Far more interesting and climb-able than Chichén Itzá, Uxmal is an extensive site full of intricate mosaics and curious decorations. And it even has a –shhh– hidden “Temple of Phalluses” (which we didn’t find because the path was so overgrown…but it’s there, somewhere…as are several stone phalluses which are readily on display beside said overgrown path). I loved Uxmal and would highly recommend it over Chichén Itzá. Bring snacks and water and plan to spend a good three hours here exploring all the structures (and maybe wandering down some secret pathways).
While it used to be an important port for the exportation of henequén rope, so much so that the place itself is named after said rope (sisal), Sisal is now just a sleepy fishing town. It took us over an hour just to find a place to stay, because everyone who rented rooms had “closed because of the bad weather” or “gone to the Sunday market.” We had some seafood at a restaurant right by the shore and spent the rest of the day wandering the beach. It was full of algea and horseshoe crab shells from a recent storm, but peaceful and pleasant.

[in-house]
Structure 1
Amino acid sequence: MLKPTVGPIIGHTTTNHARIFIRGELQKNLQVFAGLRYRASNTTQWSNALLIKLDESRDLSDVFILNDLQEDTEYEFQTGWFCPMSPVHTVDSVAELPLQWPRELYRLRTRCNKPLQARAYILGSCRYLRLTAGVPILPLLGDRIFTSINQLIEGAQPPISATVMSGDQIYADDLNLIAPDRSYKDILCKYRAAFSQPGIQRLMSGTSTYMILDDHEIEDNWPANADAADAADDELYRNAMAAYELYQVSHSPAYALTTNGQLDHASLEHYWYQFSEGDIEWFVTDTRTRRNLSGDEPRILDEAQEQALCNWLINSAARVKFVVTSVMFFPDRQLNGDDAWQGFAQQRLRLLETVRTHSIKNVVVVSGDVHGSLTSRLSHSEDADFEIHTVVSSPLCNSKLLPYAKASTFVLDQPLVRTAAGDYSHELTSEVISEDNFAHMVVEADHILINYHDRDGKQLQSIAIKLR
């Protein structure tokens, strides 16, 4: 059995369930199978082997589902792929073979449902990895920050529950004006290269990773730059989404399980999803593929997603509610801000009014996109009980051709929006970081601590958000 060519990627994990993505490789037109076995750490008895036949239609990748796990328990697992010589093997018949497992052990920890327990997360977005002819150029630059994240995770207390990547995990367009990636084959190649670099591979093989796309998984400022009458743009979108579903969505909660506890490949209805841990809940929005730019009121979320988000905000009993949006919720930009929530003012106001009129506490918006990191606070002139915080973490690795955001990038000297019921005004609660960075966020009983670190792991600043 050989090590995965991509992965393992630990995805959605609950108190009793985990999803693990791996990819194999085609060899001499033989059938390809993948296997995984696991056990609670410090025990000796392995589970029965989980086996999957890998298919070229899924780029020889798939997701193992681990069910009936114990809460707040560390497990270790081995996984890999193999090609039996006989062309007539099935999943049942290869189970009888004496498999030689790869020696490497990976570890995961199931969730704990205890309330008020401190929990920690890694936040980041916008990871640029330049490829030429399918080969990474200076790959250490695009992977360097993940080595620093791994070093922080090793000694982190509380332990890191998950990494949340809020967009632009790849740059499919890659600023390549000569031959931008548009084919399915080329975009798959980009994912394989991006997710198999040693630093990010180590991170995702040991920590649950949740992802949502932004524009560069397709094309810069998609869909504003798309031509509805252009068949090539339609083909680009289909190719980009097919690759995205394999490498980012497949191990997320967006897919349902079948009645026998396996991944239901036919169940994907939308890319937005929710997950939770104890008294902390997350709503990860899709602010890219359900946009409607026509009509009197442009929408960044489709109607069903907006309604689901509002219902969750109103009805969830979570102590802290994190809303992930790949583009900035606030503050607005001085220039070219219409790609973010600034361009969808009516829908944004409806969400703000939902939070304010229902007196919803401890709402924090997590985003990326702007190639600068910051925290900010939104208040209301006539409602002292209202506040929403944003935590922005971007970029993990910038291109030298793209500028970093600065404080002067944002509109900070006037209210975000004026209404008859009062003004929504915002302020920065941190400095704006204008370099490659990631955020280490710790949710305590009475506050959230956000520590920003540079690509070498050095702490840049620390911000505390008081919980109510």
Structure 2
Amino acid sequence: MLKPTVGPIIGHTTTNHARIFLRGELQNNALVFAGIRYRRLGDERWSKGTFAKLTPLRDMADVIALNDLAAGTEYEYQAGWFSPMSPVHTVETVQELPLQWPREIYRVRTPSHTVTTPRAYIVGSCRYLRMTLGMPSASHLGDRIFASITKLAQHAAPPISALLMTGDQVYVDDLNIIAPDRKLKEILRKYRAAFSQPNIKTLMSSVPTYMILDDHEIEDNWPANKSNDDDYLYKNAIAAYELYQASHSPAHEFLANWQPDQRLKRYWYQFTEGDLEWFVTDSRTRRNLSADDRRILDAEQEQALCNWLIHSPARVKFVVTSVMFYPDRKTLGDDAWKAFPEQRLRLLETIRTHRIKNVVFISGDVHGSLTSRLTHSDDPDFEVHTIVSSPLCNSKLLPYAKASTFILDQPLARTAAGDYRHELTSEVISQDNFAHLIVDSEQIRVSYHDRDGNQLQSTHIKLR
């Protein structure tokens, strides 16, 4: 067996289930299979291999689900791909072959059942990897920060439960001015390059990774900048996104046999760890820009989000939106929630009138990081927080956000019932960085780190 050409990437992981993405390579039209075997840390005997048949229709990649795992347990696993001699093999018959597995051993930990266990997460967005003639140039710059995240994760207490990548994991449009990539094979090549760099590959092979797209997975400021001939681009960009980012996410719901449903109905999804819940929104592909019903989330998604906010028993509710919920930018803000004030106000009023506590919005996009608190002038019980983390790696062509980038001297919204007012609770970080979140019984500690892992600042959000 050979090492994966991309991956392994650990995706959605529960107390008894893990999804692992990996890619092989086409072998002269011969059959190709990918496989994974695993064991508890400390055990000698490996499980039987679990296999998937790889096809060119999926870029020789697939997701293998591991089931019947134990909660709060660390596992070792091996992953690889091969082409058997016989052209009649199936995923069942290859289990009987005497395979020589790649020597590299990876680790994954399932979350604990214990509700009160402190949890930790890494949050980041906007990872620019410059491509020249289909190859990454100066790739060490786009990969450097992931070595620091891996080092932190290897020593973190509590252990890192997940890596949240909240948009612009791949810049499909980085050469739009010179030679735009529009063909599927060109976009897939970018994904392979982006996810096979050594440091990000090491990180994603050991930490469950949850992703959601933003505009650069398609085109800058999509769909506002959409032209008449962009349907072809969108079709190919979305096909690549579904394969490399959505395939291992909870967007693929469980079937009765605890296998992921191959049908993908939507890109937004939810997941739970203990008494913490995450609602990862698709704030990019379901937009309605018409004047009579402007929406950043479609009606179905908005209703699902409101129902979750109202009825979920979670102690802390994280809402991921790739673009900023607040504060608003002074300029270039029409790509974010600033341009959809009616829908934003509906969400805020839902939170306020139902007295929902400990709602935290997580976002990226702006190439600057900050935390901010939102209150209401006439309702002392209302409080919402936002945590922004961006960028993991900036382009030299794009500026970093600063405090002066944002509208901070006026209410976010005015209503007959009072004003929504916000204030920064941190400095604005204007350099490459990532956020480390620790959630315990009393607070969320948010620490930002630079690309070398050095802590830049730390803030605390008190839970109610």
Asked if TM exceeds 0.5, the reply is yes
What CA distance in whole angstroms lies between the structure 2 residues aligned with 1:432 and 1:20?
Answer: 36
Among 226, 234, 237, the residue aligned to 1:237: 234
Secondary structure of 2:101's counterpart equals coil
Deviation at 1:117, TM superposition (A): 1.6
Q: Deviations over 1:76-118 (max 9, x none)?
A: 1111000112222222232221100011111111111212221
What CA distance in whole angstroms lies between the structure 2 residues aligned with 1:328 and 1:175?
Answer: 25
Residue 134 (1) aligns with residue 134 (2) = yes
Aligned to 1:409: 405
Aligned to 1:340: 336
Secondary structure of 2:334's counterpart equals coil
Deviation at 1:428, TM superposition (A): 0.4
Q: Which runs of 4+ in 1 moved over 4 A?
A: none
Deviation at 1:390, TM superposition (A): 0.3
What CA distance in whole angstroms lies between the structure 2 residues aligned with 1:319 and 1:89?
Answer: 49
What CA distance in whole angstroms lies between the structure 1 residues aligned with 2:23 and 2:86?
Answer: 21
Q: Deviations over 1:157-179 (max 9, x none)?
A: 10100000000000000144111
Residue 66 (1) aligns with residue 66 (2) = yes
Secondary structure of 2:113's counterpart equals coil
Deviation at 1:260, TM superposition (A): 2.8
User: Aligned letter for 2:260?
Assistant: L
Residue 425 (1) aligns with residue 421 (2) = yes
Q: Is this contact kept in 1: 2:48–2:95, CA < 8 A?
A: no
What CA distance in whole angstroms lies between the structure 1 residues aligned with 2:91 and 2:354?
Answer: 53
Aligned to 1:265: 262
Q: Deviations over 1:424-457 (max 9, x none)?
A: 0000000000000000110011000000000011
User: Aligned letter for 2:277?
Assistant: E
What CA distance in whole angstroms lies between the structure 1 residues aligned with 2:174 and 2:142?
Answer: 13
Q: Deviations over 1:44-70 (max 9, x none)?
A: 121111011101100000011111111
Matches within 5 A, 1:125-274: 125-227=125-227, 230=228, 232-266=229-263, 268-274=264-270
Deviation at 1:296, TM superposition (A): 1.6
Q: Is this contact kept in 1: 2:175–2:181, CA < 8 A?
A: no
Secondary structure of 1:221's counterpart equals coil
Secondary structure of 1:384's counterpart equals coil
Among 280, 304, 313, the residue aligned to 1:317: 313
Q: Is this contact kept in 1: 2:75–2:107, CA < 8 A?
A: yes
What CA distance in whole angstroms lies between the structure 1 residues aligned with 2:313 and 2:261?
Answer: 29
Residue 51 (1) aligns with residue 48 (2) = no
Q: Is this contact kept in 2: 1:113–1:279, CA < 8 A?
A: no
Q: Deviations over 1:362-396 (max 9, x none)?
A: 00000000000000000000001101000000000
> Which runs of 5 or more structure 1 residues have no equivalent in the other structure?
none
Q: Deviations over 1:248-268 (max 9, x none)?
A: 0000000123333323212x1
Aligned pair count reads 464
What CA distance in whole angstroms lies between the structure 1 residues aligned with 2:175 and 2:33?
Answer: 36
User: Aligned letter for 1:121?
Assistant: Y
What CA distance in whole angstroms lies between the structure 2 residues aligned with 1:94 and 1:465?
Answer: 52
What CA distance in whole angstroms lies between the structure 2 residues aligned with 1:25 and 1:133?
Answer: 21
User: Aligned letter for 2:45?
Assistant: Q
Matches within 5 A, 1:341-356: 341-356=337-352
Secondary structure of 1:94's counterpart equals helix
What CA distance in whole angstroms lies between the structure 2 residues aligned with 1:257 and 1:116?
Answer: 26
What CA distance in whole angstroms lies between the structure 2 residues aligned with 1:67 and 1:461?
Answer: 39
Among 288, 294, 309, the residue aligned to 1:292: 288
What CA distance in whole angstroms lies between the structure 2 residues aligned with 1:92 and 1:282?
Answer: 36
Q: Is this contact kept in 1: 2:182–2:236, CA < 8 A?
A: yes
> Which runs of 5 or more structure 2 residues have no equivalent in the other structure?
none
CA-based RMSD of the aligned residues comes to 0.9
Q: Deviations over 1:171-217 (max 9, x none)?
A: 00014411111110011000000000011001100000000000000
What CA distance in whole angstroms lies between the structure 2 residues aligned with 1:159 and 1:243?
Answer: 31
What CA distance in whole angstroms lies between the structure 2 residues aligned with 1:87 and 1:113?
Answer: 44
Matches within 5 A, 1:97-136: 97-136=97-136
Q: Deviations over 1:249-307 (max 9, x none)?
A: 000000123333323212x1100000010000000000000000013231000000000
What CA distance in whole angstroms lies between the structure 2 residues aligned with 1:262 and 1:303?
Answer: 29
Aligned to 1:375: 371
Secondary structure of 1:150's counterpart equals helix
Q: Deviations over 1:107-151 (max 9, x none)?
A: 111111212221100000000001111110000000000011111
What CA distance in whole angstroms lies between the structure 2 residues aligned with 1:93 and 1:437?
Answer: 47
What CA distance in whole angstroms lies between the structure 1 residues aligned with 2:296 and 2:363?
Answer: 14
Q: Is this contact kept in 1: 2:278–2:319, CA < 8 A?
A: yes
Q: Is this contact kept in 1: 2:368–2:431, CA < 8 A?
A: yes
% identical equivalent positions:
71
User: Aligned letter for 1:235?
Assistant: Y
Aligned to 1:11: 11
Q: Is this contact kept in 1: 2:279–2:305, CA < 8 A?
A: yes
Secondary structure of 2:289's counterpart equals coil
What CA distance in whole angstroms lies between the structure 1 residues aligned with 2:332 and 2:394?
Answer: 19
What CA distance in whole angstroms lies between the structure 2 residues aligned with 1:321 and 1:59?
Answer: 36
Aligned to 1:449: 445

If you’re going to go to several archeological sites in Mexico, Chichen Itzá is honestly not the best, mainly because it’s now prohibited to go into or on any of the structures, so you can only admire them from afar (which means you miss out on seeing a lot of carvings and decorations). Some large sites that do allow you to climb almost everywhere are Uxmal (also in Yucatán) and Palenque in Chiapas. But if you’re in Cancún and the only tour you can get is to Chichen Itzá, then take it! It’s still a cool site.
When I first came here, I made the mistake of only bringing one sweater because I thought the weather in Puebla would be warm like it is on the coast. Not so. It’s chilly to downright cold up until midday, and then the temperature drops progressively throughout the evening. Bring your layers and always have them handy!